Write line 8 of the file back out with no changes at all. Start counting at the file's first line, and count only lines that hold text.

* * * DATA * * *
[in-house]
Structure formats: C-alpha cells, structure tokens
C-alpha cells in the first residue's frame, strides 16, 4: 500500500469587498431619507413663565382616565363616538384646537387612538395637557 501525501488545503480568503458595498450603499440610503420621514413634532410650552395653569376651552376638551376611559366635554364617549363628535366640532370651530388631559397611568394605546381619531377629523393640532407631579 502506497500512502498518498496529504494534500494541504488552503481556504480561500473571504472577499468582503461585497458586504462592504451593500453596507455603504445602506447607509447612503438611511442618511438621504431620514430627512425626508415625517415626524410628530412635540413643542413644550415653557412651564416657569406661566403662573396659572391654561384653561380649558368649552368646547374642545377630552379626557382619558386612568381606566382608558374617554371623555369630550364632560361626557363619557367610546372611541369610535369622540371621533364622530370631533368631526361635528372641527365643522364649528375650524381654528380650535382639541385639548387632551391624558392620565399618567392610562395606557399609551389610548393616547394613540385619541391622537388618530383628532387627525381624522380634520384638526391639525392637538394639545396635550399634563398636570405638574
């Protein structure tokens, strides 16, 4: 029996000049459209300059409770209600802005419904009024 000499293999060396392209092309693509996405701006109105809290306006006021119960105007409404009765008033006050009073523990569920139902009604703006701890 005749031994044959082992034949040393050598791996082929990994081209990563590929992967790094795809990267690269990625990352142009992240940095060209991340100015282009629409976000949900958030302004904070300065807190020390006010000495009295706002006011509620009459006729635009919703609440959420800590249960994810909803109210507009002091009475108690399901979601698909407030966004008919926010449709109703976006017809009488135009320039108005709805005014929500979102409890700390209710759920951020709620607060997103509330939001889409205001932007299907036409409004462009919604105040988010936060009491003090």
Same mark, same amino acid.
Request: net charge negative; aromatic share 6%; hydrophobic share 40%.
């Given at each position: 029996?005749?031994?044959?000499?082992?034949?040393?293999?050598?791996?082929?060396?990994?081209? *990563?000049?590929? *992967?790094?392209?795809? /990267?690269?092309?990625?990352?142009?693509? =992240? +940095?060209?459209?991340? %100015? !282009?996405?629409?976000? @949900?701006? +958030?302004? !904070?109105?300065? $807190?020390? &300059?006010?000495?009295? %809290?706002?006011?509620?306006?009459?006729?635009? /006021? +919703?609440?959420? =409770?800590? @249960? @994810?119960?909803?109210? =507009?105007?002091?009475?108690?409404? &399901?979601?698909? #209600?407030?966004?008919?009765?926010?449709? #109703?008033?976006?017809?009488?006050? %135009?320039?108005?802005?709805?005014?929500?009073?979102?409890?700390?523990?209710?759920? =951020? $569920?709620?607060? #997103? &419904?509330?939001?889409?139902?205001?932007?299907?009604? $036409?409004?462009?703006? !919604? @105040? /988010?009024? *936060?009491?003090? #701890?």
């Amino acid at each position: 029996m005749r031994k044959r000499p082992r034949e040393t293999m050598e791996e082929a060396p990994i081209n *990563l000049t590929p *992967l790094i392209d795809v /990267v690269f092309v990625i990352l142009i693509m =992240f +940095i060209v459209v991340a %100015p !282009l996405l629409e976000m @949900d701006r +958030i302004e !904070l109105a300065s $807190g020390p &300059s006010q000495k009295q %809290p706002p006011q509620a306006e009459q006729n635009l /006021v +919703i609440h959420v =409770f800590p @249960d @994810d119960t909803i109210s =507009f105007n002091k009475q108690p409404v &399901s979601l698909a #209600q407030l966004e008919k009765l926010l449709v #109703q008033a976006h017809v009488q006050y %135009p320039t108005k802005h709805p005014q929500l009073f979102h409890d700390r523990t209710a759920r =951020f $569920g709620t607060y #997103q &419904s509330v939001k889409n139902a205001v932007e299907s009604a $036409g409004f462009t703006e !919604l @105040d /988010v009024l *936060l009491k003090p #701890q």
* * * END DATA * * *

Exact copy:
């Amino acid at each position: 029996m005749r031994k044959r000499p082992r034949e040393t293999m050598e791996e082929a060396p990994i081209n *990563l000049t590929p *992967l790094i392209d795809v /990267v690269f092309v990625i990352l142009i693509m =992240f +940095i060209v459209v991340a %100015p !282009l996405l629409e976000m @949900d701006r +958030i302004e !904070l109105a300065s $807190g020390p &300059s006010q000495k009295q %809290p706002p006011q509620a306006e009459q006729n635009l /006021v +919703i609440h959420v =409770f800590p @249960d @994810d119960t909803i109210s =507009f105007n002091k009475q108690p409404v &399901s979601l698909a #209600q407030l966004e008919k009765l926010l449709v #109703q008033a976006h017809v009488q006050y %135009p320039t108005k802005h709805p005014q929500l009073f979102h409890d700390r523990t209710a759920r =951020f $569920g709620t607060y #997103q &419904s509330v939001k889409n139902a205001v932007e299907s009604a $036409g409004f462009t703006e !919604l @105040d /988010v009024l *936060l009491k003090p #701890q």